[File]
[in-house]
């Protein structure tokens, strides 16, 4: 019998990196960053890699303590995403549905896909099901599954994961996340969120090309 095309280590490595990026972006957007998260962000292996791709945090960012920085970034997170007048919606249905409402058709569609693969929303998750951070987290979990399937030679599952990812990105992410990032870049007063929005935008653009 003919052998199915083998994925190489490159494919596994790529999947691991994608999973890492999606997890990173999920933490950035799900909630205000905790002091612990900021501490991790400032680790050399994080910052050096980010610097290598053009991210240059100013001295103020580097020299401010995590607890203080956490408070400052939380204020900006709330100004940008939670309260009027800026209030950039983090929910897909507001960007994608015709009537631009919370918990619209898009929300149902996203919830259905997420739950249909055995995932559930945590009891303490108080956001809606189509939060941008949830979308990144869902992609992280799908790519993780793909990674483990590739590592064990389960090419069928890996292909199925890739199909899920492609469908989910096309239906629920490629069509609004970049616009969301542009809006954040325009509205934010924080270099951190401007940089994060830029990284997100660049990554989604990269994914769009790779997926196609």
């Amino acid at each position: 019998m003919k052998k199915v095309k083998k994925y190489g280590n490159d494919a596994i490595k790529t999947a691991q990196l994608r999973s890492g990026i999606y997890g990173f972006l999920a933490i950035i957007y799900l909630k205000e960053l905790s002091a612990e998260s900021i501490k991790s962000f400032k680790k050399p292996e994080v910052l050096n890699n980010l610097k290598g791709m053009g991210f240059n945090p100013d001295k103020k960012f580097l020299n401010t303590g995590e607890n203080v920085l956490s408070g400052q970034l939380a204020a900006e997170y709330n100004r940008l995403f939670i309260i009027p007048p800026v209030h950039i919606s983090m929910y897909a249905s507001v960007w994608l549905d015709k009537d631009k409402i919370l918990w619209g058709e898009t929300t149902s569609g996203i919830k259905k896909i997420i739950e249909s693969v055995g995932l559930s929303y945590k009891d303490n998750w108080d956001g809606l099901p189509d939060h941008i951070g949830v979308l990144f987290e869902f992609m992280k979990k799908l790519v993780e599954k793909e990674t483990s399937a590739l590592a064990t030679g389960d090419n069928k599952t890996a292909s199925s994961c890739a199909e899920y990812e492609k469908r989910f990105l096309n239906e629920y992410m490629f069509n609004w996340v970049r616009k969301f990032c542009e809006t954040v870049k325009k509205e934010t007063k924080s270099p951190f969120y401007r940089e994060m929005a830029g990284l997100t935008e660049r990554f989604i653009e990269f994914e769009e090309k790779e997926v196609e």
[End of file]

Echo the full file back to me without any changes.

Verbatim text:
[in-house]
């Protein structure tokens, strides 16, 4: 019998990196960053890699303590995403549905896909099901599954994961996340969120090309 095309280590490595990026972006957007998260962000292996791709945090960012920085970034997170007048919606249905409402058709569609693969929303998750951070987290979990399937030679599952990812990105992410990032870049007063929005935008653009 003919052998199915083998994925190489490159494919596994790529999947691991994608999973890492999606997890990173999920933490950035799900909630205000905790002091612990900021501490991790400032680790050399994080910052050096980010610097290598053009991210240059100013001295103020580097020299401010995590607890203080956490408070400052939380204020900006709330100004940008939670309260009027800026209030950039983090929910897909507001960007994608015709009537631009919370918990619209898009929300149902996203919830259905997420739950249909055995995932559930945590009891303490108080956001809606189509939060941008949830979308990144869902992609992280799908790519993780793909990674483990590739590592064990389960090419069928890996292909199925890739199909899920492609469908989910096309239906629920490629069509609004970049616009969301542009809006954040325009509205934010924080270099951190401007940089994060830029990284997100660049990554989604990269994914769009790779997926196609």
């Amino acid at each position: 019998m003919k052998k199915v095309k083998k994925y190489g280590n490159d494919a596994i490595k790529t999947a691991q990196l994608r999973s890492g990026i999606y997890g990173f972006l999920a933490i950035i957007y799900l909630k205000e960053l905790s002091a612990e998260s900021i501490k991790s962000f400032k680790k050399p292996e994080v910052l050096n890699n980010l610097k290598g791709m053009g991210f240059n945090p100013d001295k103020k960012f580097l020299n401010t303590g995590e607890n203080v920085l956490s408070g400052q970034l939380a204020a900006e997170y709330n100004r940008l995403f939670i309260i009027p007048p800026v209030h950039i919606s983090m929910y897909a249905s507001v960007w994608l549905d015709k009537d631009k409402i919370l918990w619209g058709e898009t929300t149902s569609g996203i919830k259905k896909i997420i739950e249909s693969v055995g995932l559930s929303y945590k009891d303490n998750w108080d956001g809606l099901p189509d939060h941008i951070g949830v979308l990144f987290e869902f992609m992280k979990k799908l790519v993780e599954k793909e990674t483990s399937a590739l590592a064990t030679g389960d090419n069928k599952t890996a292909s199925s994961c890739a199909e899920y990812e492609k469908r989910f990105l096309n239906e629920y992410m490629f069509n609004w996340v970049r616009k969301f990032c542009e809006t954040v870049k325009k509205e934010t007063k924080s270099p951190f969120y401007r940089e994060m929005a830029g990284l997100t935008e660049r990554f989604i653009e990269f994914e769009e090309k790779e997926v196609e």